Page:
81. Memorandum for the Record1


  • Conversation with Japanese Ambassador Ushiba

In accordance with my telephone conversation with him from San Clemente on the evening of July 15, I met with Ambassador Ushiba at his residence at 5:00 P.M. on Sunday, July 18. Our meeting lasted about one hour and a half, and Minister Okawara was also present.

At first Ushiba said that he, and he thought most Japanese officials, admired and envied the ability of the President to take such a bold step with regard to Peking.2 A move of this kind would be entirely impossible for any Japanese Prime Minister, for it would have to have been preceded by discussion within the party and the cabinet, with the inevitable leaks.

He fully understood and accepted the reasons for secrecy with regard to the move, but the fact of the matter was that this was going to present most serious problems to Sato and his supporters in the LDP. As viewed within Japan and as it would be presented by the opposition, Sato had over the years based his policy on the Yoshida tradition of close collaboration with the United States in foreign policy, especially in the China issue, but the charge would now be made that the United States had pulled the rug out from under this policy by making this dramatic move on China policy, not only without consulting but even without any substantial prior notice to the Japanese Government.

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Thus Ushiba felt that it was of the greatest importance that we consult closely and move together to the greatest degree possible on the Chirep issue in the U.N. We had been working closely together on this up until now, and the political effects in Japan on our relations would be very much exacerbated if we appear to be moving separately from Japan or again “leaving Japan behind” on this issue. I said that I understood and accepted Ushiba’s point, but that the Chirep issue was very complicated. I assured him that our objective continued to be to do all possible to maintain the GRC seat in the U.N. We then had a detailed discussion about the various U.N. alternatives.

Among the other points made by Ushiba during our conversation were the following:

1. A fundamental policy objective of Peking was to split Japan off from the U.S. and “neutralize” it.

2. Peking will “not soften” on its refusal to do business with Sato and his wing of the LDP in the hope and expectation that increasing pressure from the Socialist and Komeito parties, as well as from the left wing of the LDP, will eventually force the formation of a more “neutral” government that will be willing to loosen its ties with the U.S. to meet the popular demand in Japan for improving relations with Peking.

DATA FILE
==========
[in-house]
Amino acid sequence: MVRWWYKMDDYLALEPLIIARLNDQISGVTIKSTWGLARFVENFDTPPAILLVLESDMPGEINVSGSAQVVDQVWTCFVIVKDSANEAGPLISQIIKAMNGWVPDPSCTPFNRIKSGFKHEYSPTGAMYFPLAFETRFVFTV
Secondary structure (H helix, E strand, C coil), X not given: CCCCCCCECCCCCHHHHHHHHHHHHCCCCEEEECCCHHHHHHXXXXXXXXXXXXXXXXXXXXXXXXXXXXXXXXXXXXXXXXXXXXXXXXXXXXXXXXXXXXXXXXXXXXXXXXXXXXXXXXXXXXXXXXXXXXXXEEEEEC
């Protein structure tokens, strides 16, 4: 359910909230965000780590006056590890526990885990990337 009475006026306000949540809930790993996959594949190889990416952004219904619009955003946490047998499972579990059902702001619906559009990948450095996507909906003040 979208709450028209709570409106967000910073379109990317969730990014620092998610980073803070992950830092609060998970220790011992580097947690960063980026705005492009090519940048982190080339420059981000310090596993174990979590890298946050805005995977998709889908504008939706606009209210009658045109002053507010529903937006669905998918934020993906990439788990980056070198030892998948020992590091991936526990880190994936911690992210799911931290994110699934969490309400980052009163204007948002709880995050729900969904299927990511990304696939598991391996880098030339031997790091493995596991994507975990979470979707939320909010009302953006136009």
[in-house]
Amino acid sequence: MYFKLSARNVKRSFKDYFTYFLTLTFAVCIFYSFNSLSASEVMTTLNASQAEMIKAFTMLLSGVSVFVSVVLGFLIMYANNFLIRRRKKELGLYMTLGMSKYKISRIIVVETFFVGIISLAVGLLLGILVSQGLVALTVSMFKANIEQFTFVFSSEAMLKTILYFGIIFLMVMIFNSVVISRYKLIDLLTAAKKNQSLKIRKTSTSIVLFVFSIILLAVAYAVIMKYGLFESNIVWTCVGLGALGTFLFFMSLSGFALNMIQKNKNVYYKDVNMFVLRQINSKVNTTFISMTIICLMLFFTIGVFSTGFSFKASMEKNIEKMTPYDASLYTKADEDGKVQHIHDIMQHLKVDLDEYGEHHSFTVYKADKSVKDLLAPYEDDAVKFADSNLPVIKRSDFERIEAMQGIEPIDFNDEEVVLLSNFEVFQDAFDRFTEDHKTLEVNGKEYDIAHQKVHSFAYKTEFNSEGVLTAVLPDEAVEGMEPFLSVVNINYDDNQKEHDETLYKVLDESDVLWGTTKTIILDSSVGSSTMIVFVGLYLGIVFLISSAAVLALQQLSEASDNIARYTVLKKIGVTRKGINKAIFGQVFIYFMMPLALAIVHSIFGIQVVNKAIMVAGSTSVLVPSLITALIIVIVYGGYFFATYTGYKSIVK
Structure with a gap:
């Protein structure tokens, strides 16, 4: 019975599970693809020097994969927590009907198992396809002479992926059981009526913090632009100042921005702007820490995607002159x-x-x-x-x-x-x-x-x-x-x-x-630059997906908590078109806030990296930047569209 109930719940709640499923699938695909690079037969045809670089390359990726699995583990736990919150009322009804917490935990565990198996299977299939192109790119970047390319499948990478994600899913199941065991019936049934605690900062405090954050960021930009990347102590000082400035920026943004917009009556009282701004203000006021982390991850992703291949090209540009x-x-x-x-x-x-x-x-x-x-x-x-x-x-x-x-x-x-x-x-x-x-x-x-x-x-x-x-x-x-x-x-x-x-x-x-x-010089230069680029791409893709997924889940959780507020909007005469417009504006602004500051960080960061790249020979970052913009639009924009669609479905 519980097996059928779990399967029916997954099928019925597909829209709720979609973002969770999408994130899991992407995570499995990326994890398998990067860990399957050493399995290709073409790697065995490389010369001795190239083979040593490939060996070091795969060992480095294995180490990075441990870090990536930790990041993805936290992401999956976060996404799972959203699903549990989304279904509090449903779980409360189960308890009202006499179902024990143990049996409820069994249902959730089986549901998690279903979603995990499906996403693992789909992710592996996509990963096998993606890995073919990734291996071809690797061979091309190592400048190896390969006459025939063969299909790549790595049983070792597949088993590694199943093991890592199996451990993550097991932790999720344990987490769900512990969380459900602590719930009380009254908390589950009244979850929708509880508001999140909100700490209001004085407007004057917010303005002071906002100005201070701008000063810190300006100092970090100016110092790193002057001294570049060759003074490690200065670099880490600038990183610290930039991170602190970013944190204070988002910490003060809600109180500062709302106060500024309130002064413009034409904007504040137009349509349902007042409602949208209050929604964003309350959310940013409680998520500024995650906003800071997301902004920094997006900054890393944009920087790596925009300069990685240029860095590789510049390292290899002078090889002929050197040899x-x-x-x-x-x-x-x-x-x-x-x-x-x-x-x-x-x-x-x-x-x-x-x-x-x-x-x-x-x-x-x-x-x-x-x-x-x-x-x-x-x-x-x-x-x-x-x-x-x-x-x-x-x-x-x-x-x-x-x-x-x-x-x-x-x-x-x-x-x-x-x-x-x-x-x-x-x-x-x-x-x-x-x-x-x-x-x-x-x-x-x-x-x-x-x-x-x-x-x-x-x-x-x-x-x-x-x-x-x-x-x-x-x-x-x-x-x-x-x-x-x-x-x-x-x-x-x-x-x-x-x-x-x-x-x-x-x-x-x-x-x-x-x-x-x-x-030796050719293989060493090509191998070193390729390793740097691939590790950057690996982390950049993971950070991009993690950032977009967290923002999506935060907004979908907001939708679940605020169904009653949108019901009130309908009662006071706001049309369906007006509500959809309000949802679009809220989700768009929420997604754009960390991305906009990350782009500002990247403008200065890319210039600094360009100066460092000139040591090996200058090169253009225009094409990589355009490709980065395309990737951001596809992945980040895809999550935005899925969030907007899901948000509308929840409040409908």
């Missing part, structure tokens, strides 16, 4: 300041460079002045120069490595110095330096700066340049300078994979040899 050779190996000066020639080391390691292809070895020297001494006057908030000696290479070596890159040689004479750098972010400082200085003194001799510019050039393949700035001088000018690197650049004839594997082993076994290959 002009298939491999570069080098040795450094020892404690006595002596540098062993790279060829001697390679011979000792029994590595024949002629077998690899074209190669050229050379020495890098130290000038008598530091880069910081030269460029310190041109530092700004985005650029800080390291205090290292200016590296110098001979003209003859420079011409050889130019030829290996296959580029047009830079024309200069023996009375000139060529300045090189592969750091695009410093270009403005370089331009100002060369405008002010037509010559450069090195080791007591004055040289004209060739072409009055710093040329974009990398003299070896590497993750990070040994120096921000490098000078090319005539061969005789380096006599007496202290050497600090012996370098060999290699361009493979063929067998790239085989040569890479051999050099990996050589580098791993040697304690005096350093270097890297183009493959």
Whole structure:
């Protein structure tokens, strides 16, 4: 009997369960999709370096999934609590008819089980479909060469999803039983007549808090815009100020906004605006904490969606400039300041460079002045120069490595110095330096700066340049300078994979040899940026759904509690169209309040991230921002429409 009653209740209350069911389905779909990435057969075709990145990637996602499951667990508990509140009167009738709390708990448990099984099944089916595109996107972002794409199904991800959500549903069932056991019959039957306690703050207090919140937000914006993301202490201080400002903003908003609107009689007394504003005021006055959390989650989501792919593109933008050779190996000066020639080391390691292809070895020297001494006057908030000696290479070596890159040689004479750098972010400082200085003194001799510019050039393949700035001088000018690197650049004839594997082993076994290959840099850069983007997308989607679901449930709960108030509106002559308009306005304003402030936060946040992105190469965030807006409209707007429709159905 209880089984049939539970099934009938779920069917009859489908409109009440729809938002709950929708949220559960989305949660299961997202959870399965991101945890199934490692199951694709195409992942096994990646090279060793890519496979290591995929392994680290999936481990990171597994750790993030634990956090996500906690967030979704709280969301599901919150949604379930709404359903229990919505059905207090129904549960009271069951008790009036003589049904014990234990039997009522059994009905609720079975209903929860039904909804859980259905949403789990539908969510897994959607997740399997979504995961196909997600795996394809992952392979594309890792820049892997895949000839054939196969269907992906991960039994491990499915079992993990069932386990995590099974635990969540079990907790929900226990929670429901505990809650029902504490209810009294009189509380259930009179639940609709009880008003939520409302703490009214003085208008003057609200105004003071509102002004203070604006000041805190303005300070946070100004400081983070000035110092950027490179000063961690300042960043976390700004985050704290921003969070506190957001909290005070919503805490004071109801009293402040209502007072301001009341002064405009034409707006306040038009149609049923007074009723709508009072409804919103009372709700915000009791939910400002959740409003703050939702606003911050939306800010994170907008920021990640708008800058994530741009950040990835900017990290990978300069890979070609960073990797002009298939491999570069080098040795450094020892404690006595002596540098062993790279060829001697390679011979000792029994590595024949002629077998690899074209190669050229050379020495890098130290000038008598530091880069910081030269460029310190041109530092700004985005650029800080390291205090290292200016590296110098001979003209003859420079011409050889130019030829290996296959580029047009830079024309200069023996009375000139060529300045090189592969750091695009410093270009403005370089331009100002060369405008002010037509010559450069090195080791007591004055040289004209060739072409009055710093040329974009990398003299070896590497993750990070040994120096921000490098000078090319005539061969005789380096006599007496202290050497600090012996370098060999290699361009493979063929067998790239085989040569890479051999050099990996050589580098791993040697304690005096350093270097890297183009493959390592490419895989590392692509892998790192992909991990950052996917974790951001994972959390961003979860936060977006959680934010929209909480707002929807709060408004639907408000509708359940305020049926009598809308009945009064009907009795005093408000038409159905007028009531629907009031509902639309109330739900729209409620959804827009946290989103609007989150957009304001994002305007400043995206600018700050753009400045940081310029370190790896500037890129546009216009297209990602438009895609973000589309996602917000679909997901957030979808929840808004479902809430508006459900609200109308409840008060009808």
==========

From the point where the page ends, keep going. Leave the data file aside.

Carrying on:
3. During the Diet debate on the Okinawa Agreement, which will come the middle of October, the opposition will include among its attacks the following points:

A. With the improvement of relations between the U.S. and Peking, the U.S. bases on Okinawa are “outdated.” Thus there is no justification for the U.S. retaining extensive military facilities on Okinawa, and Japan should not exacerbate its problems with Peking by permitting the U.S. to retain those facilities.

B. As the sudden move of the U.S. with respect to Peking shows that Japan cannot give “credibility” to the U.S., no “credibility” can be given to U.S. assurances that nuclear weapons are being removed from Okinawa. (Ushiba said there were of course answers to these charges, but they nevertheless would have considerable appeal to many Japanese.)

4. The political crisis to the position of Sato and his supporters would probably come during the Diet session that opens in January. It would not come in the form of a direct non-confidence vote in the Diet, but rather in the form of a move within the LDP to replace Sato with someone more acceptable to Peking. Such a move would be more likely if Sato had had to use “strong arm” methods to get the Okinawa Agreement through the Diet in October, and would be even more likely if the U.S. had not ratified the Okinawa Agreement by the January session of the Diet.

I told Ushiba that I very much appreciated his frank analysis of the situation and agreed that it was going to be necessary for both Governments to keep in very close touch with each other to avoid the problems that he foresaw.

  1. Source: National Archives, Nixon Presidential Materials, NSC Files, Box 536, Country Files, Far East, Japan, Vol. V, 1 Jul–Sep 71. Secret; Limdis. Drafted July 20 by U. Alexis Johnson who sent it under cover of a letter to Kissinger on that date. In his letter, Johnson noted that his memorandum did not mention “the fact that Ushiba showed me a long letter that Prime Minister McMahon of Australia had sent to Prime Minister Sato about the necessity of Japan and Australia concerting with each other on the U.N. problem, in the light of the U.S. move to Peking that had caught them both off guard.” Holdridge forwarded Johnson’s letter to Kissinger under a July 22 memorandum, in which he observed: “The main thrust of Ushiba’s comments on the China announcement was that, since by giving only short notice to Tokyo we had pulled the rug out from under the traditional Japanese policy of close collaboration with the U.S. in foreign policy, it is now of the greatest importance that we consult closely on Chirep.” Kissinger initialed Holdridge’s memorandum. (Ibid.)
  2. On July 15, Nixon announced that Kissinger had secretly traveled to Peking in order to arrange a Presidential visit. See Foreign Relations, 1969–1976, volume XVII, China, 1969–1972.